Pott worked for nearly six years making wine in France before returning to the States to take a position with Beringer Wine Estates. As a winemaker for the company’s international brands in France, Italy and South America, he had the pleasure to work with French winemakers Jean-Louis Mandrau, formerly of Château Latour and André Porcheret, whose resume included the Hospice de Beaune and Domaine Leroy. Pott’s duties expanded in 2001 as winemaker at St. Clement in St. Helena. In 2004, he accepted the position as winemaker and general manager at Quintessa. In 2007, Pott formed Pott Wine and Huis Clos Consulting dedicated to producing wines from different distinct terroir in the Napa Valley as well as consulting for a limited quantity of noble producers.
Pott lives at his self proclaimed “Châteauneuf du Pott” on the dizzying heights of Mt. Veeder with his wife Claire and daughters Tosca and Isolde.
What I thought was a fun college job—harvest and cellar assistant at Six Mile Creek in the Finger Lake region of New York—turned out to be my life-long passion. In 2002 I graduated college and returned home to the Philadelphia area. Here I had the opportunity to experience the challenges of making wine in a non-traditional wine region.
In 2005, I was thrilled to have the opportunity to live in the heart of Cote Rotie in France’s northern Rhone Valley to work for Pierre Gaillard. I had the time of my life, enjoying fine wines and broadening my perspective on winemaking philosophy.
Upon returning to the States, I worked at Cakebread Cellars before working under the tutelage of world renowned winemaker Paul Hobbs. After Hobbs I had the wonderful opportunity to make wine from some word-class vineyards at Adobe Road Winery.
This path has lead to Jericho Canyon Vineyard. I could not pass up the opportunity to work in the caves with the Jericho Canyon Estate fruit. It is an honor to come to work each day and work with such a passionate group of people.
Tara attended University of California at Davis where she studied Neurobiology, Physiology, and Behavior as well as Managerial Economics.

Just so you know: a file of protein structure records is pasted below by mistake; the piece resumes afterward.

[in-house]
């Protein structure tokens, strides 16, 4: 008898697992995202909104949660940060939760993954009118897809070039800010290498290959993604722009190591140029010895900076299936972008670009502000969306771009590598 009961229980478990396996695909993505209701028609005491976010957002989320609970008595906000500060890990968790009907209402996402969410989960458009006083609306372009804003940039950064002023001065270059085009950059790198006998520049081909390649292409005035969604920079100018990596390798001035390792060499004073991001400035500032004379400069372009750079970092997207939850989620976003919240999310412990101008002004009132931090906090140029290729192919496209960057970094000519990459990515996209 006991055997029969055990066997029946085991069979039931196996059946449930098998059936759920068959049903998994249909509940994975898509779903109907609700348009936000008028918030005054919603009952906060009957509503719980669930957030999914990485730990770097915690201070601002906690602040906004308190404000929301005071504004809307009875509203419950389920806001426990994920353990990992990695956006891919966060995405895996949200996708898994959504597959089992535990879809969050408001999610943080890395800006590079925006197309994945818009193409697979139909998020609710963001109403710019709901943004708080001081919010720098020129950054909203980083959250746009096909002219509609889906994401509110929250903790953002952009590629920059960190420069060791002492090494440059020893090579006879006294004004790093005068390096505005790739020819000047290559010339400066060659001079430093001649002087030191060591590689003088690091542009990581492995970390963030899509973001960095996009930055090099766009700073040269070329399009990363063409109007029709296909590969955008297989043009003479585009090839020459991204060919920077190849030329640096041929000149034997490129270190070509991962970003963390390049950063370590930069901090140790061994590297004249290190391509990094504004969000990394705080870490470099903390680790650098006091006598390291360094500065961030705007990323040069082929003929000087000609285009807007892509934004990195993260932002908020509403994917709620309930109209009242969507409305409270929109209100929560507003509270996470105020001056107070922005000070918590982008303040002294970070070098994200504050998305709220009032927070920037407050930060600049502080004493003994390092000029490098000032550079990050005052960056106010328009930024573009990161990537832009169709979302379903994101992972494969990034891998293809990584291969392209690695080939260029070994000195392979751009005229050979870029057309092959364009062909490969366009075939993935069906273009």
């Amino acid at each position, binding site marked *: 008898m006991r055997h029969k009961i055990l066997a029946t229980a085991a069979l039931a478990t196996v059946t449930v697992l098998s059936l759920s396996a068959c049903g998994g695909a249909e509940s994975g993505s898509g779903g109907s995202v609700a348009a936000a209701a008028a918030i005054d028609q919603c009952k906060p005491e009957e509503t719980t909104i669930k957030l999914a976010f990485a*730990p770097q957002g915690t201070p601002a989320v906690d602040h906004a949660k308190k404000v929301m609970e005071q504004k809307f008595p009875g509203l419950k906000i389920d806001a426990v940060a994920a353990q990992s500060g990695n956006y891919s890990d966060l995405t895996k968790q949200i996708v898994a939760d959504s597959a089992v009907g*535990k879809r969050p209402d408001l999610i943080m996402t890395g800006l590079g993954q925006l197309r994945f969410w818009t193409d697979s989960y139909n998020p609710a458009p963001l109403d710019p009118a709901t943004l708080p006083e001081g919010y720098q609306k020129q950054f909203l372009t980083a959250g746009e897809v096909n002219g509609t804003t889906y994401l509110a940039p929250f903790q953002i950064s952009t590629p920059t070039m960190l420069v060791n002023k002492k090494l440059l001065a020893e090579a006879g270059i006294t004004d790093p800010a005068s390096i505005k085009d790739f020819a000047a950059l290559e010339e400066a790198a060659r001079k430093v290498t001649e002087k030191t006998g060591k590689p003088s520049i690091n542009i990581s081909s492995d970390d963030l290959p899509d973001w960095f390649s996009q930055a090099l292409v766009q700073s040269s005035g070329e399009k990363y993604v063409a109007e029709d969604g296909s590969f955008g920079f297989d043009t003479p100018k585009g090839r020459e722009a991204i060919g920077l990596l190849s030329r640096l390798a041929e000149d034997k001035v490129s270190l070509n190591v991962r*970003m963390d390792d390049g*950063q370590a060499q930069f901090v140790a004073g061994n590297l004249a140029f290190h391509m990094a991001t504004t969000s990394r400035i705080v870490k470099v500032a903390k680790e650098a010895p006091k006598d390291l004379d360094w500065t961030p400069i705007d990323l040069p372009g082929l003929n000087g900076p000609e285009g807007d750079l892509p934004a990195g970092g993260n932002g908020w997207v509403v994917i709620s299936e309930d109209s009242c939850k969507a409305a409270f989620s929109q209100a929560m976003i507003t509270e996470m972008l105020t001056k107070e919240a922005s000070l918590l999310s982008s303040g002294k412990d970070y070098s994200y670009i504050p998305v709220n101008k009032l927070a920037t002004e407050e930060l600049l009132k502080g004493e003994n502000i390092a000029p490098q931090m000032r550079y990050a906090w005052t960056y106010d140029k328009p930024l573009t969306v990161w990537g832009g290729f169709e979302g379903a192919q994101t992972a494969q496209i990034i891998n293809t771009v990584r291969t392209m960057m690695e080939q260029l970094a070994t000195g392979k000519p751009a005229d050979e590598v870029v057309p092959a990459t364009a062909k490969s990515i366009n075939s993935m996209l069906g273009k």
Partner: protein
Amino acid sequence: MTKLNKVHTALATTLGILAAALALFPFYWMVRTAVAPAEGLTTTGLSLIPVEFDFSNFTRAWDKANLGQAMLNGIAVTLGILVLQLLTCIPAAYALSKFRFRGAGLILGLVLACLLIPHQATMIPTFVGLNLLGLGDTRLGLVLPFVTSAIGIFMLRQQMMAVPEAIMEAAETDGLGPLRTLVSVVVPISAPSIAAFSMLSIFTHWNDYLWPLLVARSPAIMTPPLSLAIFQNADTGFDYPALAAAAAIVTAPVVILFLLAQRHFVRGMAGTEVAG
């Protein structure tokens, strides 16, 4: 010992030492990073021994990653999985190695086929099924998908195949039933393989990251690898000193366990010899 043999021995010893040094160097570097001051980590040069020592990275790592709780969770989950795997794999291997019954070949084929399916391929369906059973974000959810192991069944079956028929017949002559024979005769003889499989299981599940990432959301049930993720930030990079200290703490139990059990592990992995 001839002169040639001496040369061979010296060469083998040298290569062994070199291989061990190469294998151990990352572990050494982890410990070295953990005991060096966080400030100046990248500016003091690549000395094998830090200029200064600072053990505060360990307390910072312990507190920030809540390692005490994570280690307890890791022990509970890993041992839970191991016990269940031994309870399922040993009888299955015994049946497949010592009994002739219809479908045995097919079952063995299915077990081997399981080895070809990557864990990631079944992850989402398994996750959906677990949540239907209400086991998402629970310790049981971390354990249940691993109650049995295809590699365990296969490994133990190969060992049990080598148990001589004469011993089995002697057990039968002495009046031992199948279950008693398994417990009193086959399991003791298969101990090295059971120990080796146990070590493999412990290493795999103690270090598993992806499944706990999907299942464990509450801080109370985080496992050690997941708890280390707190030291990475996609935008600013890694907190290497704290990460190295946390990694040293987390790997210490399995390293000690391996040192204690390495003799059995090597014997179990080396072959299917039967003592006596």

She has always had a passion for combining food and wine with science. As an undergraduate, she designed and taught an upper division course called “Biochemicals, Corticosteriods, Psychtropics, and You” that included a unit on alcohol biochemistry while conducting an independent research project on olfaction. Despite her busy schedule, she still managed to enjoy Friday night blind tasting parties with her viticulture and enology friends. At the dinner table, in the classroom, and in the fields, she cultivated a deep appreciation for wine and food.
She first came to Jericho as an intern in the summer of 2007. Although she enjoyed working in the fields and learning the intricacies and grape farming, she quickly learned that her true calling was the business side. In subsequent years, she helped with harvest, bottling, and designing marketing materials. Summer of 2012, she joined Jericho full time as Director of Business Development.
She loves meeting new people, sharing knowledge, and, of course, a good glass of wine.
…I met Dale when we were both training as astronauts for deep space missions to Mars.
We both washed-out. Me because I’m blind as a bat, and Dale because he does not like to travel faster than 50 MPH.
So when they acquired this property in 1989, I came here to help Dale and Marla with the installation and maintenance of the vineyard equipment and machinery. I have experience in shipyards, machine and fabrication shops, and vocational instructing, as well as a passion for working on vintage sports cars. I am always challenged by what this rocky-hilly terrain does to the machinery we use here. You don’t see it…but my effort is in the wine too.
I ran away from here two times but I’ve been here for the last thirteen years. The beauty of the canyon, the great wine, but most of all, the people that I get to work with keep me here. And, of course, my Bay Area Tango dancing…